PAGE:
Professor in Political Science and International Affairs
David Bearce, both a Political Science and International Affairs professor, says his earliest memories were of his time spent in Kenya when his father joined the Peace Corps. “The Kenyan government wanted professors to train Kenyans to teach, so you can’t just take college kids,” Bearce says. “If you want professors, you have to be willing to take the professor’s partner and children. So the whole family went to Kenya for two years, and that’s where I started school.” Because Kenya had only gained its independence less than a decade earlier, Bearce remembers a strong British post-colonial presence. “I came back to the US with a British accent,” he says.
Growing up, he had always been exposed to worldly events. “I’ve been interested in politics from the beginning, I just wasn’t sure if I would make it my career.” Bearce earned his undergraduate degree at Davidson College during which time he studied abroad in the South of France. Upon his return to the US, he had no intention of becoming a professor.
Bearce began working at the Brookings Institution, a think tank in Washington D.C. after earning his undergraduate. “I wanted to advance in Brookings but would need a PhD. I also came from an academic family so I started to think more about teaching--if I did that, I would need a PhD.” Either way, he would need to go back to school.
After earning his doctorate at Ohio State, he began working at the University of Pittsburgh. It wasn’t until ten years later that he was offered a position at the University of Colorado and chose to move out to Boulder. He now holds a unique position of teaching in both the political science and international affairs departments.
Within the Political Science Department, Bearce has been conducting research on voter attitudes surrounding both immigration and trade policy. “Voters--and this isn’t just true in the United States, but voters in general--do not like immigrants,” he says. “This creates an unfortunate tradeoff between democracy and immigration. If you let voters decide what they want, the median voter wants a closed border and does not want anyone else to come in.” Despite this realization, however, Bearce and his team have gradually seen immigration policies become more open.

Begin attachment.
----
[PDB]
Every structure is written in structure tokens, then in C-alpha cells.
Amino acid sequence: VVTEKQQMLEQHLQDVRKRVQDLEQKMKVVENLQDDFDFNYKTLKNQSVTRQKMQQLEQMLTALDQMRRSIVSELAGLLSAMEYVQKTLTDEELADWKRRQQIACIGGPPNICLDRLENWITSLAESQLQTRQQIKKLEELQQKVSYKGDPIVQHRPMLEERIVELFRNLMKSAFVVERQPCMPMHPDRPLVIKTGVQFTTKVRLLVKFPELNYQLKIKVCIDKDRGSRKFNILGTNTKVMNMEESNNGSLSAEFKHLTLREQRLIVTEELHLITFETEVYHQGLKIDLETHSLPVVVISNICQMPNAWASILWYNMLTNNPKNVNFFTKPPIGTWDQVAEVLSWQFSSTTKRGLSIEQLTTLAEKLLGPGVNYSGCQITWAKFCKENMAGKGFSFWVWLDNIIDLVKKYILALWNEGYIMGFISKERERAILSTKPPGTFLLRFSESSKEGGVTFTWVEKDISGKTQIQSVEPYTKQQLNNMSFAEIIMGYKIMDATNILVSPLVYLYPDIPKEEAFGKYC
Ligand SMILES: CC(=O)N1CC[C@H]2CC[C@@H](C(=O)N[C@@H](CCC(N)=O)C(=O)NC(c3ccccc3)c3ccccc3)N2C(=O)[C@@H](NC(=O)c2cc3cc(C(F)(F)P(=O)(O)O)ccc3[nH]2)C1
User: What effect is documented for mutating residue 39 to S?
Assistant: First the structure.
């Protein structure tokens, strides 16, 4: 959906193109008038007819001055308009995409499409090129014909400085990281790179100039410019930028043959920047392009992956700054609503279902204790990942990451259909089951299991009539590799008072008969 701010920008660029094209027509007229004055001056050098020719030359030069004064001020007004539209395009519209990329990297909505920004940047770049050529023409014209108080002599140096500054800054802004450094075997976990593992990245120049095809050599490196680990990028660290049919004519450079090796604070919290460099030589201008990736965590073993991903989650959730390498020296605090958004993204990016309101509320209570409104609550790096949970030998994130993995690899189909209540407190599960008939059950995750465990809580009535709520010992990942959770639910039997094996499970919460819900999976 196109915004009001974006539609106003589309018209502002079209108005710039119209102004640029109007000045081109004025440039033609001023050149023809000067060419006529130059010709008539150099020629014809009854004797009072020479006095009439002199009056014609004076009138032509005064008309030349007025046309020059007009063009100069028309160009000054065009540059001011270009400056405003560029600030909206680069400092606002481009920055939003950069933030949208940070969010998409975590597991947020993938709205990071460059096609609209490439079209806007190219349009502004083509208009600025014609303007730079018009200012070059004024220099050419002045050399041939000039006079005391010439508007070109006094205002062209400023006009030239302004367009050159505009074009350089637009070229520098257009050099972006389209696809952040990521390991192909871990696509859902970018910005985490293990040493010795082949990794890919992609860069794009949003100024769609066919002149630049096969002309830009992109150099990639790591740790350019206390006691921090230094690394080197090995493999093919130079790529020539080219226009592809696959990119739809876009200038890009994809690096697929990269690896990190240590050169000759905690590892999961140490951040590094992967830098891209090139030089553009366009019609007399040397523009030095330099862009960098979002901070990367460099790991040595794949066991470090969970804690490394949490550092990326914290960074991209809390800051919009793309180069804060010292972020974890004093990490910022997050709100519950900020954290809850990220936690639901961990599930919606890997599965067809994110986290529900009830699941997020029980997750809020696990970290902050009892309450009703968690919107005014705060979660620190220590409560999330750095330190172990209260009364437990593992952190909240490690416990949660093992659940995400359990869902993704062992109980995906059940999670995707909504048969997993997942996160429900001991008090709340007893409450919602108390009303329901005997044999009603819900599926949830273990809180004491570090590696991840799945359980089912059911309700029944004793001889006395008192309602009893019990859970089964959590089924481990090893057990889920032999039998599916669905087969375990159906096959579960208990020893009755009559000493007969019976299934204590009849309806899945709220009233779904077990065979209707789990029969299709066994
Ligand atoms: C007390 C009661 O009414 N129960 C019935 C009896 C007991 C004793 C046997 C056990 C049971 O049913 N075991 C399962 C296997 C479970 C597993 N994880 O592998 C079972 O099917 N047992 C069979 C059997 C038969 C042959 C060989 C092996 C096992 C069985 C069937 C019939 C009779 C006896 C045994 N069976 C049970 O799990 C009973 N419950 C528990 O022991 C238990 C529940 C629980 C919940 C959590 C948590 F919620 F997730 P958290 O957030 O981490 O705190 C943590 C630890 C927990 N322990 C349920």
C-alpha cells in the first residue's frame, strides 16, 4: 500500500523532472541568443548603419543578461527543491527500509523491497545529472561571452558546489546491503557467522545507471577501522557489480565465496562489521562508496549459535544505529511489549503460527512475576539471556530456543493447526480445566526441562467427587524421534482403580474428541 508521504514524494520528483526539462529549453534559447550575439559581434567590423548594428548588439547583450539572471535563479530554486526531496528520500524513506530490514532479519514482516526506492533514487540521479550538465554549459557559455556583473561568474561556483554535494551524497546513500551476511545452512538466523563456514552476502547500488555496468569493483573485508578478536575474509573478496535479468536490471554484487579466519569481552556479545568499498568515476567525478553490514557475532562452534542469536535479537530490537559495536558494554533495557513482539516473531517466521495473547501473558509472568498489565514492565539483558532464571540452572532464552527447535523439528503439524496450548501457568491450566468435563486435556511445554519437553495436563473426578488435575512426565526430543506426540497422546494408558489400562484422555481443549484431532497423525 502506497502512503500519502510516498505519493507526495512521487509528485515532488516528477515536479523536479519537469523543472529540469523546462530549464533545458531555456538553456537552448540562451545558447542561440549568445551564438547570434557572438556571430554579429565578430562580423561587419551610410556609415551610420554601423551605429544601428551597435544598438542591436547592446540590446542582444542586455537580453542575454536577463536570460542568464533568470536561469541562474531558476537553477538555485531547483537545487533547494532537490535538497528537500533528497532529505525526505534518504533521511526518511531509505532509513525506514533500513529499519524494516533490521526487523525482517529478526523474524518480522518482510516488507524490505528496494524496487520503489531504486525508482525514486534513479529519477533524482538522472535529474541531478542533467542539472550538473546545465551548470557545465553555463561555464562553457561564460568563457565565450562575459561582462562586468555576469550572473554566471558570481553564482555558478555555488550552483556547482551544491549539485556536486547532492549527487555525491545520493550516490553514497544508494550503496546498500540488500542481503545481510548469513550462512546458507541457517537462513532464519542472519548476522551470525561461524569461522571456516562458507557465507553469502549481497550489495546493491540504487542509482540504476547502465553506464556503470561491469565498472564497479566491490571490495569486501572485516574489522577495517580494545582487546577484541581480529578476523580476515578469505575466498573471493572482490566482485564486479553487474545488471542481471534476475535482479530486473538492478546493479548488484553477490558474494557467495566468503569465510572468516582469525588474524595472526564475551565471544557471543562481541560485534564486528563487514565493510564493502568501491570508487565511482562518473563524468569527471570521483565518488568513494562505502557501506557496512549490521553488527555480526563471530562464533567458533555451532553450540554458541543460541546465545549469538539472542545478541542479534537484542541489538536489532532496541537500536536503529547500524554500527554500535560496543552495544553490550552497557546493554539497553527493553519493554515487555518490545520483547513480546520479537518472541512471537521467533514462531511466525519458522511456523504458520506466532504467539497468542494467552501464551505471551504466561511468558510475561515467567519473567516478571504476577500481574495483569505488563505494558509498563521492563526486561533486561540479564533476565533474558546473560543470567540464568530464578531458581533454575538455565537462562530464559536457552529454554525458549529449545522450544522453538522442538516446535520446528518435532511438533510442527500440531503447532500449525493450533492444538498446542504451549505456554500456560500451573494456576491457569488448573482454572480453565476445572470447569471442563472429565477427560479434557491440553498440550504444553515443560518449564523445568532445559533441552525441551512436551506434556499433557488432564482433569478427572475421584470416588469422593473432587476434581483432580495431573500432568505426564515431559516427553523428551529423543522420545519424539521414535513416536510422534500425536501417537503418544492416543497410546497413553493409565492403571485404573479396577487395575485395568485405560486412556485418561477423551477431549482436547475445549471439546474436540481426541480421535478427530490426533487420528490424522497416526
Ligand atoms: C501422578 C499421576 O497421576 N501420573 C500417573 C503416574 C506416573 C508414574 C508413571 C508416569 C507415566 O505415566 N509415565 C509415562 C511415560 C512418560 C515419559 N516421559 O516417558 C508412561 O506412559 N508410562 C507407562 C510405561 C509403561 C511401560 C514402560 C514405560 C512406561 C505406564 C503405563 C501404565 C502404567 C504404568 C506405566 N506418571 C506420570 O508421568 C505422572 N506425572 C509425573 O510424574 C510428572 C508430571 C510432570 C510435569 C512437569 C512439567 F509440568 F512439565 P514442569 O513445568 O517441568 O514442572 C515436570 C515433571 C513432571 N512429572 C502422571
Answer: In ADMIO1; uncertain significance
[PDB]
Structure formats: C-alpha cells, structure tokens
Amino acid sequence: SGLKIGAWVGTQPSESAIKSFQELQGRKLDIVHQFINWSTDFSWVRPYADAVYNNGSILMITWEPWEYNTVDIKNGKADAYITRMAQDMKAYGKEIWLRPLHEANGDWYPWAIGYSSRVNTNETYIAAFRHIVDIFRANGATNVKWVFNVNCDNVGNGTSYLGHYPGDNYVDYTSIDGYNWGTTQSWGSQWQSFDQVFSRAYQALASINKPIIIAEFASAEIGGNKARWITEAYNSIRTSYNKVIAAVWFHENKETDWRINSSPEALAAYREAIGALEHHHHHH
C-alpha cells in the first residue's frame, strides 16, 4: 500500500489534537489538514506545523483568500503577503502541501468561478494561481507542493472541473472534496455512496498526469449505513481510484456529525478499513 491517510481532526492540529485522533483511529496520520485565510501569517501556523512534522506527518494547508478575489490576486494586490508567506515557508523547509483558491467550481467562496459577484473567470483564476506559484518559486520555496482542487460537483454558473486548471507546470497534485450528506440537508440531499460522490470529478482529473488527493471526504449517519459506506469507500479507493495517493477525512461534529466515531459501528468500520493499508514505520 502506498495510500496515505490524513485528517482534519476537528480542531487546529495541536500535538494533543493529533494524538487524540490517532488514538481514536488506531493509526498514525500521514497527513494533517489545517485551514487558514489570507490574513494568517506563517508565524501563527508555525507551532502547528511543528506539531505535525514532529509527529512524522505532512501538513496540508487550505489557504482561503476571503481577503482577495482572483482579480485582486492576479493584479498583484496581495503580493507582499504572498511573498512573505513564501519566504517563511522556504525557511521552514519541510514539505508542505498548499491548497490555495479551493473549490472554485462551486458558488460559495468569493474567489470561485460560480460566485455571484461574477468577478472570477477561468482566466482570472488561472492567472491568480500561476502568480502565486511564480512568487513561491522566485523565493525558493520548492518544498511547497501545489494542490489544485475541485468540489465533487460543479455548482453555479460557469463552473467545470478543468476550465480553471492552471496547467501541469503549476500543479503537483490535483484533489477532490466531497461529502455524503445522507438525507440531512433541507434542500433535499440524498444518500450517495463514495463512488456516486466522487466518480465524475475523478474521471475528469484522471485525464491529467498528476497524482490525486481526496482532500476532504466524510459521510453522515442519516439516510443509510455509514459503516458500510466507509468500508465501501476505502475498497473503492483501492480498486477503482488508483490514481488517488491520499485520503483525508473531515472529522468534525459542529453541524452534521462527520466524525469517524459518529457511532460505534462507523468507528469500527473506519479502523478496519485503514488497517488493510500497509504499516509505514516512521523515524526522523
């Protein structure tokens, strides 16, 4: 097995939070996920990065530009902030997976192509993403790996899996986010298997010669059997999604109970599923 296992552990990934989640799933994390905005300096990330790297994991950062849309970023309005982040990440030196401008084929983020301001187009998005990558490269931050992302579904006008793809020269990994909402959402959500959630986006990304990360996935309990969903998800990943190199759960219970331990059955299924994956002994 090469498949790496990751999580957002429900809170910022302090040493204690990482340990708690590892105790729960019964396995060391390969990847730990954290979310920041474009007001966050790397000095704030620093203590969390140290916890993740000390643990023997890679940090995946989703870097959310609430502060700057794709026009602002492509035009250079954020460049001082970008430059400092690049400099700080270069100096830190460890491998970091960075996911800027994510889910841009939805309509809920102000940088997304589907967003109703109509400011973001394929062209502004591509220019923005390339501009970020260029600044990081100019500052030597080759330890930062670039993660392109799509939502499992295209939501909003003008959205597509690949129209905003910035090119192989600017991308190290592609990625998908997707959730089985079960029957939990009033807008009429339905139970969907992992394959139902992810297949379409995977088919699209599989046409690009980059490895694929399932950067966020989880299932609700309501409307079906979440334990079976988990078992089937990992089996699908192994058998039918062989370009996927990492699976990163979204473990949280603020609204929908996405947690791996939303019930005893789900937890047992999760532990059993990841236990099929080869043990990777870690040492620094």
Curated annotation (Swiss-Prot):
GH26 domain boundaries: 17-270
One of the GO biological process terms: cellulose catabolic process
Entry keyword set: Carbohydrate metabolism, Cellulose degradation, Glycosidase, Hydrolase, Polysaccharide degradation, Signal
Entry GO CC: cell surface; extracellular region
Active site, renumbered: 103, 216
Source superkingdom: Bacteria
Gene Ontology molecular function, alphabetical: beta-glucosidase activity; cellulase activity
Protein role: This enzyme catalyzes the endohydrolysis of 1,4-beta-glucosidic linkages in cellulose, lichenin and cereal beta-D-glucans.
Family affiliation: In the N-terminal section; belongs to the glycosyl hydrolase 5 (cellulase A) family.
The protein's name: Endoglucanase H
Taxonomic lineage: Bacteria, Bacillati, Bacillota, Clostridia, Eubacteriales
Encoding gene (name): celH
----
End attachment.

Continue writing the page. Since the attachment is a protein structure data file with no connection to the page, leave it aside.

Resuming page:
“This is an awkward thing because it isn’t what voters want. So the question is why is this happening?” If voters aren’t pushing legislators to open borders, then Bearce suggests it is a result of special interest pressure. “These are big businesses in declining industries who need low skill but cheap labor. Alternatively, you have some high skill firms that are complaining they don’t have enough high-tech engineers and programmers.”
“Oddly enough, if you are in favor of immigration policy, then your ally is American big business.” Free trade and less restrictive immigration policies generally lower domestic prices, but Bearce’s research finds voters are more concerned with the fear of losing jobs. Because the public thinks more like a producer than a consumer in this regard, special interests are stronger advocates for open borders. “So if you block the special interests,” he says, “all we would get are more restrictive immigration policies.”
To read more on Professor Bearce’s work in open trade policy and voter trends, click: International Labor Mobility and the Variety of Democratic Political Institutions
Professor Bearce and several other CU Boulder educators recently attended the International Political Economy Society Conference where he and three others presented their research.